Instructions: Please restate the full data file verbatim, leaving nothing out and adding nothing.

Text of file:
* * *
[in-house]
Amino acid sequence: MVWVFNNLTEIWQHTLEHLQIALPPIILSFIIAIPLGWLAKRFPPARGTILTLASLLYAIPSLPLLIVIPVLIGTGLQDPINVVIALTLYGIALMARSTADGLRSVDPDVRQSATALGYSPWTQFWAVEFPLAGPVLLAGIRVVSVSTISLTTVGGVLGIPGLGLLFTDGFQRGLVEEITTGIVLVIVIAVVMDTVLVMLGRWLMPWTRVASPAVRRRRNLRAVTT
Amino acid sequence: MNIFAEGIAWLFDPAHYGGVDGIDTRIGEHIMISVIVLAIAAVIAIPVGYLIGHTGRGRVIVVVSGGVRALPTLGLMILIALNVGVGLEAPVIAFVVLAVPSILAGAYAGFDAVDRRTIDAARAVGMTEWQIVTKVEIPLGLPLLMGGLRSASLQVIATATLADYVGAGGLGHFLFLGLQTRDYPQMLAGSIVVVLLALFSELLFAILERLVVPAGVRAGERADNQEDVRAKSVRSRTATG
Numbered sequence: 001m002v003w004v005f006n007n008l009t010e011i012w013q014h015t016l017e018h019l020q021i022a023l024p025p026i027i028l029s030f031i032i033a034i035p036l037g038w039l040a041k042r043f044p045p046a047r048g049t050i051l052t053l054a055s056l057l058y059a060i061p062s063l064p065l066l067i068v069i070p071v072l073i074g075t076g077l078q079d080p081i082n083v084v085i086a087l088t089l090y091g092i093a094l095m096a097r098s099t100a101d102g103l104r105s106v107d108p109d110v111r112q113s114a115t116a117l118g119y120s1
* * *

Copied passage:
[in-house]
Amino acid sequence: MVWVFNNLTEIWQHTLEHLQIALPPIILSFIIAIPLGWLAKRFPPARGTILTLASLLYAIPSLPLLIVIPVLIGTGLQDPINVVIALTLYGIALMARSTADGLRSVDPDVRQSATALGYSPWTQFWAVEFPLAGPVLLAGIRVVSVSTISLTTVGGVLGIPGLGLLFTDGFQRGLVEEITTGIVLVIVIAVVMDTVLVMLGRWLMPWTRVASPAVRRRRNLRAVTT
Amino acid sequence: MNIFAEGIAWLFDPAHYGGVDGIDTRIGEHIMISVIVLAIAAVIAIPVGYLIGHTGRGRVIVVVSGGVRALPTLGLMILIALNVGVGLEAPVIAFVVLAVPSILAGAYAGFDAVDRRTIDAARAVGMTEWQIVTKVEIPLGLPLLMGGLRSASLQVIATATLADYVGAGGLGHFLFLGLQTRDYPQMLAGSIVVVLLALFSELLFAILERLVVPAGVRAGERADNQEDVRAKSVRSRTATG
Numbered sequence: 001m002v003w004v005f006n007n008l009t010e011i012w013q014h015t016l017e018h019l020q021i022a023l024p025p026i027i028l029s030f031i032i033a034i035p036l037g038w039l040a041k042r043f044p045p046a047r048g049t050i051l052t053l054a055s056l057l058y059a060i061p062s063l064p065l066l067i068v069i070p071v072l073i074g075t076g077l078q079d080p081i082n083v084v085i086a087l088t089l090y091g092i093a094l095m096a097r098s099t100a101d102g103l104r105s106v107d108p109d110v111r112q113s114a115t116a117l118g119y120s1